The World Health Organization says the monkeypox virus is an “evolving health threat that requires collective attention and coordinated action,” calling on member states to step up surveillance, contact tracing and testing. The monkeypox virus has been detected in over 50 nations, with South Korea confirming its first case last week. The strain currently circulating in the Northern Hemisphere has an estimated fatality rate of between 3-6 percent and is considered especially dangerous for children and those with weak immune systems.

As with many infectious diseases, accurate diagnosis is crucial as treatments are more effective in the early stages of infection. This makes timely PCR testing vital, especially for individuals with a suspected case, as the incubation period for the monkeypox infection ranges between five to 21 days.

The Novaplex™ MPXV Assay can identify positive cases of the monkeypox virus in 90 minutes. The company swiftly developed the product to help curb the worldwide spread. Seegene plans to provide the assays to countries that have detected the virus.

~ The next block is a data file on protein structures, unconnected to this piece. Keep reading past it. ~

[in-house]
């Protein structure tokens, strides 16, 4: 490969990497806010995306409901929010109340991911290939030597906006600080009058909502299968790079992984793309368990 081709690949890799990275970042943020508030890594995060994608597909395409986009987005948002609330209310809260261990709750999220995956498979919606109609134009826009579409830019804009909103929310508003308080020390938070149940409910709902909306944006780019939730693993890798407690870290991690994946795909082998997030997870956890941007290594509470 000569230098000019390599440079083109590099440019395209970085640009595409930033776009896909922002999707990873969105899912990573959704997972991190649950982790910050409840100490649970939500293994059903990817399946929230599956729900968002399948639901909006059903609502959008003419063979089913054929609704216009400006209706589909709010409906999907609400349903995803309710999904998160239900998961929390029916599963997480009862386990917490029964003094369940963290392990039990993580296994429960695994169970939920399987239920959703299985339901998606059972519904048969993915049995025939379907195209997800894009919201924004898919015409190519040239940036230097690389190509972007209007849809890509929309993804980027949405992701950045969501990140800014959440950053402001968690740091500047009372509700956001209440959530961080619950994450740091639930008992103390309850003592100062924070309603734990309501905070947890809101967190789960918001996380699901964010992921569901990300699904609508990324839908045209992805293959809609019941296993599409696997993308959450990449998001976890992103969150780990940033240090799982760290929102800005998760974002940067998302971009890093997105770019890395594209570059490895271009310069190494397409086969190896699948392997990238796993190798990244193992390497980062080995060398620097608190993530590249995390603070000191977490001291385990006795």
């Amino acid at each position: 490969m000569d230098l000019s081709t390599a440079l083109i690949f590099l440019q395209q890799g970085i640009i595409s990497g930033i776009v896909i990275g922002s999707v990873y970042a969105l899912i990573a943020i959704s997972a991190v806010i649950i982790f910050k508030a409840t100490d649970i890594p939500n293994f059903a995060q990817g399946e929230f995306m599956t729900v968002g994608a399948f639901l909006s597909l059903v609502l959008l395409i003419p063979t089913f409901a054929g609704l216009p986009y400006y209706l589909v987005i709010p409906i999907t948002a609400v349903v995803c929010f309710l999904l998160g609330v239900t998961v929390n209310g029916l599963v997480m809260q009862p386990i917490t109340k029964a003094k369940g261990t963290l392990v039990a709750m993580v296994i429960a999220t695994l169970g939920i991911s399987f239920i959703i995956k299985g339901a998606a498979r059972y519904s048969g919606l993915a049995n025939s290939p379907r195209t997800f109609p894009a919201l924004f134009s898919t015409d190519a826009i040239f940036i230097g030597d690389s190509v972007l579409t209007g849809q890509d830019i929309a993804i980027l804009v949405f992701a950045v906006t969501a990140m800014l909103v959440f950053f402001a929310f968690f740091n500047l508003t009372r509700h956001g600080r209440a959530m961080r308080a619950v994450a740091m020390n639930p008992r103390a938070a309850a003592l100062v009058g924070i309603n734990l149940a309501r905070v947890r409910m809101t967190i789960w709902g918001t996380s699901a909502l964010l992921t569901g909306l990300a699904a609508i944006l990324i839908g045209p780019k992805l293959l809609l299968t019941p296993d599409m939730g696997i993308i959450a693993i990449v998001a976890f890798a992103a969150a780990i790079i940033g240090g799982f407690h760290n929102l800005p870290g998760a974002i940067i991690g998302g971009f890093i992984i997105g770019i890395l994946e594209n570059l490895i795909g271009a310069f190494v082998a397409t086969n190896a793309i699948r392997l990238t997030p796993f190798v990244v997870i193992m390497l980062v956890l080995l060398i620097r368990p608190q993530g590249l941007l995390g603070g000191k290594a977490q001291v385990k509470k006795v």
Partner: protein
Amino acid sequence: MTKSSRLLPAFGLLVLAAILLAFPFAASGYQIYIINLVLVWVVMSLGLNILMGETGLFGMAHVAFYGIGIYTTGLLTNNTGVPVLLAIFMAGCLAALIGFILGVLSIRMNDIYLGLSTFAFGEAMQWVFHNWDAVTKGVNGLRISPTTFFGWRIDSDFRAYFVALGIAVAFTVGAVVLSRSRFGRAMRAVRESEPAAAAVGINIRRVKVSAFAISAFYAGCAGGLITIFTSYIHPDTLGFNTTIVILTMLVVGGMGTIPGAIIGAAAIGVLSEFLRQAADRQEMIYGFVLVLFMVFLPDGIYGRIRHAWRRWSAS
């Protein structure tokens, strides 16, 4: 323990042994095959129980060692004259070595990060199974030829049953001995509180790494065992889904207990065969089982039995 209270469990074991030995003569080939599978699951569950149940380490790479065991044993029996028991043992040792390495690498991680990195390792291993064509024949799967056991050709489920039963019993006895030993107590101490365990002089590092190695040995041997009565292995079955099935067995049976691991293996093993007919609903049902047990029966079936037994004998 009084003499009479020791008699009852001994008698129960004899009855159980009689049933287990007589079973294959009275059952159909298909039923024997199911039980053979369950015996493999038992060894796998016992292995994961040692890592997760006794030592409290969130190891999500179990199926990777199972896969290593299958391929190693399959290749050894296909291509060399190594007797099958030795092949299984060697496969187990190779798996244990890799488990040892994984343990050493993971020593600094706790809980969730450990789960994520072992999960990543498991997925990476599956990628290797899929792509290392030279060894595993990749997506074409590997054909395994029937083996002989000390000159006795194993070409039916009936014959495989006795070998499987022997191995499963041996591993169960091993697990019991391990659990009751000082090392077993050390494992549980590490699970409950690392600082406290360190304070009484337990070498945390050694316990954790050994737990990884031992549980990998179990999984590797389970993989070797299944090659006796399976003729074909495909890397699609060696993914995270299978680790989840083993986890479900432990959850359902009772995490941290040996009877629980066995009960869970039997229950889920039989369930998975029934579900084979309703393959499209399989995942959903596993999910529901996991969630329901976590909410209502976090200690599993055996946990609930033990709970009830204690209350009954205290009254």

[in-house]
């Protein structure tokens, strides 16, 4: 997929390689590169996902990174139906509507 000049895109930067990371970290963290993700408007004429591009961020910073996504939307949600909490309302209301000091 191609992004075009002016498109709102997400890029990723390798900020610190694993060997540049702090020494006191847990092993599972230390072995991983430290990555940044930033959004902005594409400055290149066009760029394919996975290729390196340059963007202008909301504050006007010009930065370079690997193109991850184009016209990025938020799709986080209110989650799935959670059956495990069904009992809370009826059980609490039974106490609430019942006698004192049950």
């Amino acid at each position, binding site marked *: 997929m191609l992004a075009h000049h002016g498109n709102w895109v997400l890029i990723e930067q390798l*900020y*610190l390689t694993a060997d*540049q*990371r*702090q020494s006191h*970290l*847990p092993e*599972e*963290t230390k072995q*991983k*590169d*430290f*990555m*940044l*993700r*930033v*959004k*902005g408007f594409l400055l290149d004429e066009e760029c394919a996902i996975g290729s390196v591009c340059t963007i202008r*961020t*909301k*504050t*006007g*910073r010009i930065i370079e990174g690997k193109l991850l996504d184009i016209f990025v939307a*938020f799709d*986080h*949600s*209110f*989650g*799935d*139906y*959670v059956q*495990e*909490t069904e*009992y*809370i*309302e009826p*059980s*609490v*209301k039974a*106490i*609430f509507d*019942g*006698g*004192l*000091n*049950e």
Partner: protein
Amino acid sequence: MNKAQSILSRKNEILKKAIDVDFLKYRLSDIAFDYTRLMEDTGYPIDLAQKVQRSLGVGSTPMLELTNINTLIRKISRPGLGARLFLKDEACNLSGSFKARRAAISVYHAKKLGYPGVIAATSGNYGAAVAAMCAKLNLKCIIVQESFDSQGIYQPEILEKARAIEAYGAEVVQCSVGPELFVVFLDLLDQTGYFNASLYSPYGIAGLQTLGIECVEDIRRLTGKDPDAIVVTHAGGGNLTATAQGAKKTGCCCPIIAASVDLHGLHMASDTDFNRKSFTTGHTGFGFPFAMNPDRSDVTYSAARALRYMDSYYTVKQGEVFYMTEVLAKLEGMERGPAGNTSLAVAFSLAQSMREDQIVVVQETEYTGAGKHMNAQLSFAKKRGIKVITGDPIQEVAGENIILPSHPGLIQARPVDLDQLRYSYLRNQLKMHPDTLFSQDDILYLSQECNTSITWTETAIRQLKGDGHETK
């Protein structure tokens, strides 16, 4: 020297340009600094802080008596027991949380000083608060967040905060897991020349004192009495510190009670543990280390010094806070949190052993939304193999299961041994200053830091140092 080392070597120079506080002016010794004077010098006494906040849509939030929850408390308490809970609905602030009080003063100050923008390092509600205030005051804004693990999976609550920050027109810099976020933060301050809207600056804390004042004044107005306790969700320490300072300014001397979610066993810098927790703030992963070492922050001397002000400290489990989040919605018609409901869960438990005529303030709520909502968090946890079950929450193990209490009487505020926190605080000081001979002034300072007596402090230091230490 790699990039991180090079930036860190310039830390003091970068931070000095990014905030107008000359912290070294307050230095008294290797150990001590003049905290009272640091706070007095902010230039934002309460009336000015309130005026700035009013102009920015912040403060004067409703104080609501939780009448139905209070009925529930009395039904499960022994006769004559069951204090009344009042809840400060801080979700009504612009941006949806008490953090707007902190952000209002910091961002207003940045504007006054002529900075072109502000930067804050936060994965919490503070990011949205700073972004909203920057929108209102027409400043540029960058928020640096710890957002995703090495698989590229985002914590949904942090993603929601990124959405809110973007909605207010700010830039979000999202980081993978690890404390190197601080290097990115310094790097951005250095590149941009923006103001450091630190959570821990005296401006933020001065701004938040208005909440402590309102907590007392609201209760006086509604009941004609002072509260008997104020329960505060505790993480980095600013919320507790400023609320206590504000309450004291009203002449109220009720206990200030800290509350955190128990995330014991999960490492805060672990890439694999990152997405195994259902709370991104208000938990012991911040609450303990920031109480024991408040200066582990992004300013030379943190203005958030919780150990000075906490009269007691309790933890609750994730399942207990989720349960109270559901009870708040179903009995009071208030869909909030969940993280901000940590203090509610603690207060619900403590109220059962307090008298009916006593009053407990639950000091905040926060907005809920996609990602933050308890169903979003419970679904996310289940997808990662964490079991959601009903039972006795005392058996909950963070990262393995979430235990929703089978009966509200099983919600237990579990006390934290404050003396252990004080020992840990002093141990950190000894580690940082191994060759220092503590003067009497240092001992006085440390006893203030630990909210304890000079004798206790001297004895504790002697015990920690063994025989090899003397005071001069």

“The monkeypox virus outbreak shows that endemic viruses can rapidly spread to the rest of the world and it’s a warning that new pandemics can emerge and threaten our lives at any time,” said Dr. Jong-Yoon Chun, CEO of Seegene. “We will continue our efforts to develop products that can accurately diagnose any virus to help prevent new infectious diseases from taking hold and becoming a pandemic.”

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Hitachi Energy and Petrofac to collaborate in growing offshore wind market

Collaboration combines complementary technologies and expertise of both companies to increase customer value and help accelerate the energy transition

Zurich, Switzerland, June 28, 2022 (GLOBE NEWSWIRE) — Hitachi Energy a market and technology leader in transmission, distribution and grid automation solutions, and Petrofac, a leading international service provider to the energy industry, have entered into a collaboration to provide grid integration and associated infrastructure to support the rapidly growing offshore wind market.

This collaboration builds on the complementary core technologies and expertise of both companies in offshore wind to support the decarbonization of power systems and deliver clean energy. It covers high-voltage direct current (HVDC), as well as high-voltage alternating current (HVAC) solutions.

Hitachi Energy’s HVDC Light® and modular HVAC grid technologies and solutions and Petrofac’s world-class engineering, procurement, construction and installation capabilities for offshore platforms and offshore and onshore civil works, will bring considerable benefits to the efficient implementation of offshore wind projects and help accelerate the energy transition.